LETTER: Planning decisions are not made in secret

I’m afraid the letter from Ralph Nuttall about councillors and planning in last week’s paper was wrong on all three counts.

First, the meeting between Colne councillors and Persimmon Homes about their planning application for over 200 houses at Knotts Drive was indeed private, but it was not secret. I personally told the Get Knotted residents’ group it was taking place. I also told them what had been discussed and the questions we asked Persimmon to answer. (No replies yet, as I write).

There always has to be a lot of discussion and negotiation about large planning applications, between the applicants and planning officials, before they are submitted, and often also between the submission and the council committee meeting that is asked to make a decision. It is my view that it is often a good idea for councillors themselves to take part in such discussions, with council planning staff present, and not just to leave it to the staff themselves.

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Otherwise we are left with wanting to ask a lot of detailed and important questions when we are under pressure of time at the decision meeting, and it is too late to get considered responses. So this is what happened this time. I suggested the meeting with Persimmon should take place precisely because as councillors we work hard to represent local people and put forward their views (which in this case I have made no secret that I largely share them).

Second, Mr Nuttall refers to a planning approval for a “café and wine bar” in Albert Road. I’m afraid this was based on a false report and headline in the previous week’s Colne Times. The application that was approved was for a café only. No approval was given for a wine bar and it was made clear at the meeting that if the café is used as a wine bar without permission the council will take action to stop it.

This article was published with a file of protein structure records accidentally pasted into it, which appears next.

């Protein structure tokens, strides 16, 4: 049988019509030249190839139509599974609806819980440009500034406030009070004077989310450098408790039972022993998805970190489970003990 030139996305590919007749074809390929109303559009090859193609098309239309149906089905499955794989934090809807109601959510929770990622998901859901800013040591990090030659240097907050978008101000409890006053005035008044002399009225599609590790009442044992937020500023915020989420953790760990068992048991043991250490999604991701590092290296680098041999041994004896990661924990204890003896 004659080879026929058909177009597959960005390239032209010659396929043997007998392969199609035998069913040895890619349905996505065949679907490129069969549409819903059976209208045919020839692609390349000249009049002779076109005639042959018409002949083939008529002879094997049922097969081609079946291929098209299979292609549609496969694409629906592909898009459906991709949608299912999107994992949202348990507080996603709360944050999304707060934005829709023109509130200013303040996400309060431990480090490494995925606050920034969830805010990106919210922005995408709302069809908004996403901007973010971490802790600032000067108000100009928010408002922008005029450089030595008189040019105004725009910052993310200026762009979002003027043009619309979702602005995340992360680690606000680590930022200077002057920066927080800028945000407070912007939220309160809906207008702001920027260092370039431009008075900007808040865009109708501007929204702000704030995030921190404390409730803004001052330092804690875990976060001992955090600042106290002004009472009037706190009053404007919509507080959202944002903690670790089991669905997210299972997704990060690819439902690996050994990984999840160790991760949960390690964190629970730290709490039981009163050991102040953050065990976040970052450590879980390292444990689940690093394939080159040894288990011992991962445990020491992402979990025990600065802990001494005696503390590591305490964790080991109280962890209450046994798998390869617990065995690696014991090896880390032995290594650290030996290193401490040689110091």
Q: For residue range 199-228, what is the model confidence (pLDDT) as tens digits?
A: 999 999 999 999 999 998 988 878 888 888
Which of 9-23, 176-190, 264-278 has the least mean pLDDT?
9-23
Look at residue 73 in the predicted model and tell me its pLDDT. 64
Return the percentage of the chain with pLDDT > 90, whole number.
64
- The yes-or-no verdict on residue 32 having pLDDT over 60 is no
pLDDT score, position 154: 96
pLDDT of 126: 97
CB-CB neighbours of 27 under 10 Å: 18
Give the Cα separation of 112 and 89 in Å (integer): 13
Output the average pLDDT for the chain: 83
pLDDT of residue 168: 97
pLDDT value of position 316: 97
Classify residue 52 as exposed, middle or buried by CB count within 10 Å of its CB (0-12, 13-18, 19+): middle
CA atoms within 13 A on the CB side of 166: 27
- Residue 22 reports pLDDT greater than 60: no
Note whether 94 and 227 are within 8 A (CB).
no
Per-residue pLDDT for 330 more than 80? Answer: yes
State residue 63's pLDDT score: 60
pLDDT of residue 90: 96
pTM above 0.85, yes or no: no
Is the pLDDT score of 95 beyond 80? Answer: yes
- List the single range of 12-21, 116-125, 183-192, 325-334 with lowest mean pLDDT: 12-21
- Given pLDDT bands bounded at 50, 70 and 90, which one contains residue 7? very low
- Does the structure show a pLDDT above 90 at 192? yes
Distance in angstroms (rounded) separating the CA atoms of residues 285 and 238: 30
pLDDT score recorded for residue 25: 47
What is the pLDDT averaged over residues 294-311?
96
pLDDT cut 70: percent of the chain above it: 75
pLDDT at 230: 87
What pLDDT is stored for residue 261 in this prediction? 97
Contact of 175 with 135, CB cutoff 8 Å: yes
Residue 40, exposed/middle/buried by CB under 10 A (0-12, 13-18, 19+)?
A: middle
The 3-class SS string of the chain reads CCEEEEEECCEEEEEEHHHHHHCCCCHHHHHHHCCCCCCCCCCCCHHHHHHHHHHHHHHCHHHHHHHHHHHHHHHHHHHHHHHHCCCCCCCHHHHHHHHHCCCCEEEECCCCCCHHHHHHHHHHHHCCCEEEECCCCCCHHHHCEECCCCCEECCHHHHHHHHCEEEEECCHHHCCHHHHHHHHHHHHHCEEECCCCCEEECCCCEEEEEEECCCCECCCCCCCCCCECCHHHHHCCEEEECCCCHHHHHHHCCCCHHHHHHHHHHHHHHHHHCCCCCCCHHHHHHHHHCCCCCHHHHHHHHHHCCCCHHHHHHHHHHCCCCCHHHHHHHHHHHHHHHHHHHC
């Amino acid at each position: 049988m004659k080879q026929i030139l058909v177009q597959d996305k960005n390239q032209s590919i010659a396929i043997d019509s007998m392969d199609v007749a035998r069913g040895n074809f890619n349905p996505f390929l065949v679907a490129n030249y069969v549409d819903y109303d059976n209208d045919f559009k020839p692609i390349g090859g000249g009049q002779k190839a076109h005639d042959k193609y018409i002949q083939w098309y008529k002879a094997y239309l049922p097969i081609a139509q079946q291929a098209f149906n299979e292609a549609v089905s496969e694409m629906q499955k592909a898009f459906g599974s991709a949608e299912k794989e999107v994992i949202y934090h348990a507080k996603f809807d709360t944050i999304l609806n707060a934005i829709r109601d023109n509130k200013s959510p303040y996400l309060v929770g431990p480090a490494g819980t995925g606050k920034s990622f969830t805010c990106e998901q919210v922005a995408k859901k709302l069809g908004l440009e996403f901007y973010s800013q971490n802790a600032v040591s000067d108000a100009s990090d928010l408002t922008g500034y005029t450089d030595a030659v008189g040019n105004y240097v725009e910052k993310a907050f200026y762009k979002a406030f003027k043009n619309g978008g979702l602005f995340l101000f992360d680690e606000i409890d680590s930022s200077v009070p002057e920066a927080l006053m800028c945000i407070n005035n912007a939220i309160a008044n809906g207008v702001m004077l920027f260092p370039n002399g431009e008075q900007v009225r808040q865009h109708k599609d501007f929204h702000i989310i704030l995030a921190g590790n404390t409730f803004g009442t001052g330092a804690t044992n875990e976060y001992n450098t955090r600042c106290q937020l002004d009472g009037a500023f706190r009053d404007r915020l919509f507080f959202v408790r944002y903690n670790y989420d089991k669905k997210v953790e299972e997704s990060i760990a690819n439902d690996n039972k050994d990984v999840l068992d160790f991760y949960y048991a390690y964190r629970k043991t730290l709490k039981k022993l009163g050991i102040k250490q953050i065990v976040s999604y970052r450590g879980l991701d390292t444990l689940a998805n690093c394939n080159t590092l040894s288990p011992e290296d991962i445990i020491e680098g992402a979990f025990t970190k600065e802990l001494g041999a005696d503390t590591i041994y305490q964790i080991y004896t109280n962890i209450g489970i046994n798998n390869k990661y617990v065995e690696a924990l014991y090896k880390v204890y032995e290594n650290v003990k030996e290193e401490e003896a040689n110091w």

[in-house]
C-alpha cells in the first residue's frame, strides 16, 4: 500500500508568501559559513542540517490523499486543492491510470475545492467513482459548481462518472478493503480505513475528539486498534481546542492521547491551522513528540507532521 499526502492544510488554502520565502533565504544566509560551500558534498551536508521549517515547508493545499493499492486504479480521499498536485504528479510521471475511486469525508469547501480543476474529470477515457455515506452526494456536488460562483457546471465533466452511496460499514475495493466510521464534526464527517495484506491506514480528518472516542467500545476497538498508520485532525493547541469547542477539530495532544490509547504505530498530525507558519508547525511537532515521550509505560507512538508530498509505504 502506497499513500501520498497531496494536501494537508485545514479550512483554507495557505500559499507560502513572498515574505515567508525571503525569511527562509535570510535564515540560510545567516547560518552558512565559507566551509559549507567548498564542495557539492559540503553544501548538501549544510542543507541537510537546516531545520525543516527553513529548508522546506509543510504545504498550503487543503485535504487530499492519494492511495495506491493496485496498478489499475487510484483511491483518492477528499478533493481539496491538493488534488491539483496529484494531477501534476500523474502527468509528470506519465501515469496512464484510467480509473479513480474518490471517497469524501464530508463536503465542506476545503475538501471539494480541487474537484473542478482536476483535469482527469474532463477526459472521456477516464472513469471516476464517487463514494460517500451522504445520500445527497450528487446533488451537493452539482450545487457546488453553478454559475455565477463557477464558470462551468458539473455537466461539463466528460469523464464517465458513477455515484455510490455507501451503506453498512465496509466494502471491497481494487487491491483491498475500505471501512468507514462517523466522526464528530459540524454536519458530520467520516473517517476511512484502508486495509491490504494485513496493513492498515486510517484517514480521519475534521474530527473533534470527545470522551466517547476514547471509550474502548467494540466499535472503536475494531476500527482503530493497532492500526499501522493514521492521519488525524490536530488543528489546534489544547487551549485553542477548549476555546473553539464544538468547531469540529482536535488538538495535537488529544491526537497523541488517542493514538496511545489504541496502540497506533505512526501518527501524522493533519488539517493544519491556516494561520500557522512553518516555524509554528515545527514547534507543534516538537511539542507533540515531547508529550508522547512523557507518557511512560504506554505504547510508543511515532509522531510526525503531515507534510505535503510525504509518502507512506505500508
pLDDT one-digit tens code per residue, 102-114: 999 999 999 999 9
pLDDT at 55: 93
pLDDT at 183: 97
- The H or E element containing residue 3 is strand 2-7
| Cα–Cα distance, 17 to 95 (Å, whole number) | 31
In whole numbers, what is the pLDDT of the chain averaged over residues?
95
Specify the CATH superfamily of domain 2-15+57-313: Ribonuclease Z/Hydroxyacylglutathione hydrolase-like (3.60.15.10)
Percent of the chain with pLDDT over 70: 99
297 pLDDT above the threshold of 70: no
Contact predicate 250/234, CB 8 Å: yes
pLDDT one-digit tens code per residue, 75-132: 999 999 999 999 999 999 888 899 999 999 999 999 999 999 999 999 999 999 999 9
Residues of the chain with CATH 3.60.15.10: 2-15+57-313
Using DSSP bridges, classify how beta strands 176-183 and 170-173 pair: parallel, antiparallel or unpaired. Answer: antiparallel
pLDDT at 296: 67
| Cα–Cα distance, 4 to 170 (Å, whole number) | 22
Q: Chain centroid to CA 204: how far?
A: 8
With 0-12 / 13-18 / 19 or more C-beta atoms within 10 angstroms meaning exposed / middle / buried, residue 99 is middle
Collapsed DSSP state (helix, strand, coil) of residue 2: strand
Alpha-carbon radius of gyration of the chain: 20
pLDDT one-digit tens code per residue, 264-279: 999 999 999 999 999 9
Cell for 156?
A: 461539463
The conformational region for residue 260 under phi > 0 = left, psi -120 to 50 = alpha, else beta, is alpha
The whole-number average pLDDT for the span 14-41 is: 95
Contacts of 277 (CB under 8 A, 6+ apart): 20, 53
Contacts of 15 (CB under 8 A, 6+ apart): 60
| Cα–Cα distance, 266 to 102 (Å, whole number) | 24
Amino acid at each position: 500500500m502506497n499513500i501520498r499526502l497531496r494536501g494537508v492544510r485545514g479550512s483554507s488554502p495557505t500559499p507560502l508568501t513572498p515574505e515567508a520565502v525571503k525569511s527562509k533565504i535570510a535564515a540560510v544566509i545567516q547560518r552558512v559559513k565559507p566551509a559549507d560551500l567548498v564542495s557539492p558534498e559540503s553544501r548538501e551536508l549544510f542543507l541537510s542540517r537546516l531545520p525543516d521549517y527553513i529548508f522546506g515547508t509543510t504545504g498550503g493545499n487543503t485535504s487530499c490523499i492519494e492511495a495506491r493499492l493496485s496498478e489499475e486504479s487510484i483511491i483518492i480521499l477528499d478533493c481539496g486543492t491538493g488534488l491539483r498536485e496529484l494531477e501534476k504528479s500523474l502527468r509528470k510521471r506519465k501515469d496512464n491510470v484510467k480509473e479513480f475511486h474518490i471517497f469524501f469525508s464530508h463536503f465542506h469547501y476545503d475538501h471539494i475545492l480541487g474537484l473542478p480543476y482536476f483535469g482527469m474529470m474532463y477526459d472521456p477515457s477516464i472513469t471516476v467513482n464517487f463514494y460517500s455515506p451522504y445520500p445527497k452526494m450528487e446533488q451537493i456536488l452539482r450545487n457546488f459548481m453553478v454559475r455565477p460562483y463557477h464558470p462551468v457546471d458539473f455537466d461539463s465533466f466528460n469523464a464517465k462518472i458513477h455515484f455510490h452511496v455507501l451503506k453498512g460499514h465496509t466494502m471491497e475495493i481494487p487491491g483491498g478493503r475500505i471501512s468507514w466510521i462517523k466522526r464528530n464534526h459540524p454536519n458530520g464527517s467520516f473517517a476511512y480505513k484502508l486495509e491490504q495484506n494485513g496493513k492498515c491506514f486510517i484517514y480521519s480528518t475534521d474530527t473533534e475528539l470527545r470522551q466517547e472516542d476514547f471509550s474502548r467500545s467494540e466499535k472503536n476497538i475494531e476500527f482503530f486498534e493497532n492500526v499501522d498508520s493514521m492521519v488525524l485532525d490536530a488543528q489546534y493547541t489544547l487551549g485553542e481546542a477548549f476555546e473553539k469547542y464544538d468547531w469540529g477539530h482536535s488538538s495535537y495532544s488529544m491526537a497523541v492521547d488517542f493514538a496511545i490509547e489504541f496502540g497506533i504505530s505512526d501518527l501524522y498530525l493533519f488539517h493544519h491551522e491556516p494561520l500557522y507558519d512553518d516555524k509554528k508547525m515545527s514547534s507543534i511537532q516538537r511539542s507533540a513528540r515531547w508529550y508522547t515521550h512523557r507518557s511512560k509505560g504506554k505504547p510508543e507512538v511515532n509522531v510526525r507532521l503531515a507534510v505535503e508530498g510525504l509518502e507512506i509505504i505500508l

I should add that my colleague Coun. Dorothy Lord had been to a meeting with residents only the evening before, and with colleagues successfully moved amendments which we hope will prevent the café causing a nuisance to them.

Finally, the planning application for eight houses in Collingwood Street will not be decided by council officials under delegated powers. It will come to the Colne and District Committee – as I confirmed with council staff soon after it was announced.

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Planning rules laid down from on high mean we cannot always do exactly as residents and we would like. But councillors on Pendle’s Colne and District Committee do not make planning decisions “in secret” and we do not hide from the people we represent. In fact we make every effort to encourage people to come to meetings and tell us what they think. And we listen. And we explain why we make particular decisions. I don’t think any council in the country makes planning decisions in a more open and honest way than we do.


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